Writer/Producer: Alan James
Director: Matt Salisbury
Reviewer: Fraser MacDonald
Buddy Holly is undoubtedly one of the musical greats, inspiring the likes of The Beatles to create what we know today as rock and roll. Buddy: The Buddy Holly Story, now in its 25th year, follows how Holly became one of the most successful recording artists of the 50’s be-fore his tragic death in February 1959.
As writer, Alan James had a mammoth task on his hands: to seamlessly weave the story of Holly’s life in with the unmistakable music he made. Unfortunately, the script simply does not deliver. Whereas other ‘jukebox musicals’ such as Dreamboats and Petticoats are light hearted, poking fun at themselves for shameless leads into songs, Buddy is a factual biography that documents the recording of Holly’s songs, some scraps of his personal life and his final performance. It is much more clinical than many would expect; a distinct lack of humour and most surprisingly, the hits people come expecting to hear are not always performed in their entirety.Rather, at the recording studio scene, the audience is teased with a snippet of a song before it is snatched away for another meaningless piece of dialogue.There are a number of things an audience cannot forgive about this show, which doesn’t end with dangling the worm of a good tune then cutting it short.
What is glaringly disappointing is the uninspired set, comprising of little more than brick wall flats. Despite clever trickery with neon signs, there is no real effort to make set changes until the end of Act 2, resulting in the first three quarters of the show merging into one brick wall backdrop blur. It was clear from overheard interval conversation that Act 1 was considered by most to be a slow burner: a few good songs; little humour; a weak script to work with and arguably the most depressing set of a touring musical, the audience simply aren’t gripped from the beginning. Of course, it would be unfair to judge a musical like this solely on its narrative, something it does not entirely rely on.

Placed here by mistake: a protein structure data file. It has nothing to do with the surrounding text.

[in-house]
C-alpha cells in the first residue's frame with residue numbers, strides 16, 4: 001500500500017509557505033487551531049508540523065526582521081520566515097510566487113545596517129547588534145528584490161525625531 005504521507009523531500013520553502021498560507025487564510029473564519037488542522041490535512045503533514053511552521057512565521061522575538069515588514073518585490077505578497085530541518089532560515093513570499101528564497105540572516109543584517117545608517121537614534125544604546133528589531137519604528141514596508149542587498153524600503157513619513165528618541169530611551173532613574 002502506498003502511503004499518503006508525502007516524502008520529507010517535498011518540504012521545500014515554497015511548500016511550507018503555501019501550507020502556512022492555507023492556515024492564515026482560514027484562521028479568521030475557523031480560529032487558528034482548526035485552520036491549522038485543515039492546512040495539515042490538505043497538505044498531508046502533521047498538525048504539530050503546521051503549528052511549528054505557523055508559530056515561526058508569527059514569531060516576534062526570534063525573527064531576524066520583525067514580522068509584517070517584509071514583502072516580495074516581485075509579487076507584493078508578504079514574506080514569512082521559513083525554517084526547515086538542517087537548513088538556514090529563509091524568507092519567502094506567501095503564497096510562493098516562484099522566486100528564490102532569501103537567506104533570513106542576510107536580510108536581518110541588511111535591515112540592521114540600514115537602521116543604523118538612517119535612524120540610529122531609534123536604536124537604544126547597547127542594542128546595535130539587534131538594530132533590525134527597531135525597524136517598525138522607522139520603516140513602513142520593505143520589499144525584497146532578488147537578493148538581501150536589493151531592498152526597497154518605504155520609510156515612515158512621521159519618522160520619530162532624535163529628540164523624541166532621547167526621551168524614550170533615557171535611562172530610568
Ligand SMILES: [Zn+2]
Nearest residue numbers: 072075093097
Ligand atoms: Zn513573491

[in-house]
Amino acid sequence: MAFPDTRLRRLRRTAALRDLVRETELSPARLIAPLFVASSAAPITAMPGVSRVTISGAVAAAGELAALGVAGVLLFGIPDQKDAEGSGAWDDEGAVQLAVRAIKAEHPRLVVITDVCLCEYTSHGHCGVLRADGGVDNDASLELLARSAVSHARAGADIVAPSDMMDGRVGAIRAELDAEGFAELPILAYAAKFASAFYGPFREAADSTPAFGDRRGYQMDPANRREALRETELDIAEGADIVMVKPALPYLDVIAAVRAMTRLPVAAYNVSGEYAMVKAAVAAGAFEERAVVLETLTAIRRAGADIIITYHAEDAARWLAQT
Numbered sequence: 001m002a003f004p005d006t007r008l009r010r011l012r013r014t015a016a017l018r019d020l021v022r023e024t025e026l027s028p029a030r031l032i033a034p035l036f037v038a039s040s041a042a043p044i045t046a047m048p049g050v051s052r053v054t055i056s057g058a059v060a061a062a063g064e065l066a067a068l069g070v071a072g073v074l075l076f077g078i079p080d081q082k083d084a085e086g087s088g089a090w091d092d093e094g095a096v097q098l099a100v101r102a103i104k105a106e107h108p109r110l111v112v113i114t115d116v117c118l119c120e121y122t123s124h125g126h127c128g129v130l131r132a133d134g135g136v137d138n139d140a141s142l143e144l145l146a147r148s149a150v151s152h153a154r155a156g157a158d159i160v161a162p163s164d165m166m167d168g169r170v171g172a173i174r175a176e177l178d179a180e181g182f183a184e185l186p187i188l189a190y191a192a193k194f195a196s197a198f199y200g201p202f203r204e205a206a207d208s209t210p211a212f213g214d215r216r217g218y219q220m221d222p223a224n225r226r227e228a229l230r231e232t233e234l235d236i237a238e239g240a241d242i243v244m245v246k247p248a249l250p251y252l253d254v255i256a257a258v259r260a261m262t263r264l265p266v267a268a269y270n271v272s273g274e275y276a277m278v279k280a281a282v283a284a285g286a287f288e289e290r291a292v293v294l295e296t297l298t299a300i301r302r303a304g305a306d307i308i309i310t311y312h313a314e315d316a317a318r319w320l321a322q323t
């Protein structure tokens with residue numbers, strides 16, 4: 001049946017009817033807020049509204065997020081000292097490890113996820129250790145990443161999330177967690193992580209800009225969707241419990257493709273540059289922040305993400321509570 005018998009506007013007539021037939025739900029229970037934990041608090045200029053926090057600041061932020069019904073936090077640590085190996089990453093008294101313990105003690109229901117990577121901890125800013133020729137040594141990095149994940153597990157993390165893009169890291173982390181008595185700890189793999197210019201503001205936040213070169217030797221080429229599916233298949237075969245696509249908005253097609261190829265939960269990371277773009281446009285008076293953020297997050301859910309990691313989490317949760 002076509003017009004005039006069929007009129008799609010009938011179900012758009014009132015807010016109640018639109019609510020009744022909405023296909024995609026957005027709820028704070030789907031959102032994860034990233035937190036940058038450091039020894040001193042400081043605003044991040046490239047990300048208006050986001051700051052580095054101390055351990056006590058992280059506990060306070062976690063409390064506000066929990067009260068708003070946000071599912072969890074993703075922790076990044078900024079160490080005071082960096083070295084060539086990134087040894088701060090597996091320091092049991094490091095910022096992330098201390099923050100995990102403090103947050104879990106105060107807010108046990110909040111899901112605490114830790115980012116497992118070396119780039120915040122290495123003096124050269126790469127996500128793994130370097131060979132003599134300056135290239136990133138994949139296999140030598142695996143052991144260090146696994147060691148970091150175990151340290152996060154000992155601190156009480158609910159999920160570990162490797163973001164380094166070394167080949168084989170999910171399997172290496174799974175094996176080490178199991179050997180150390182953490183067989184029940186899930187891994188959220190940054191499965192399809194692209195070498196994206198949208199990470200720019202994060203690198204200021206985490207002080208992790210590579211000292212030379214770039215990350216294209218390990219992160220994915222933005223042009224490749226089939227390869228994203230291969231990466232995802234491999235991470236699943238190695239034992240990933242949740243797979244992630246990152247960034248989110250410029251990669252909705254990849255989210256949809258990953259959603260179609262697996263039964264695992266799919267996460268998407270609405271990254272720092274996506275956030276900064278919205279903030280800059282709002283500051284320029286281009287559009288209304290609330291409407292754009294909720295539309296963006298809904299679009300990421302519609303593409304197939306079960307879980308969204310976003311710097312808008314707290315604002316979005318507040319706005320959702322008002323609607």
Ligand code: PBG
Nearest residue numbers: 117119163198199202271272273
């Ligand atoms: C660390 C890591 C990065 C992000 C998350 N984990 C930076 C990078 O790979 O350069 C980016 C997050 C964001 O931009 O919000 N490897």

Unlike other ‘jukebox musicals’, Buddy lives off the success of the artist whose name the show bears. By the time the curtain hits the floor at the end, despite the gripes with set, production and script, it cannot be denied that when Buddy showcases the definitive sound that is Buddy Holly, the audience cannot get enough. If anything, the message to be taken from this show is that the music will stand the test of time, even if the show does not.
Buddy is ably performed by Glen Joseph, his guitar sounding lick for lick identical to Holly’s. Particular highlights include a touching rendition of Words of Love and a floor shaking, storming encore of Oh Boy! to close the show. Extra credit must go to bassist Joe B Mauldin, played by Scott Haining, who oozed energy and gave many scenes a little something extra.
A fair supporting cast overall, though accents are a little rugged around the edges. In short; Buddy doesn’t not have the razzmatazz or universal appeal that other touring shows can boast, but it provides nostalgia no end for the audience it is aimed at and is overall, an entertaining piece. Like every show it has its problems, but it is almost guaranteed you’ll be dancing out of your seat by the end of the night.
Reviewed 10th February 2014 then touring.
Image © 2013 Buddy Worldwide Limited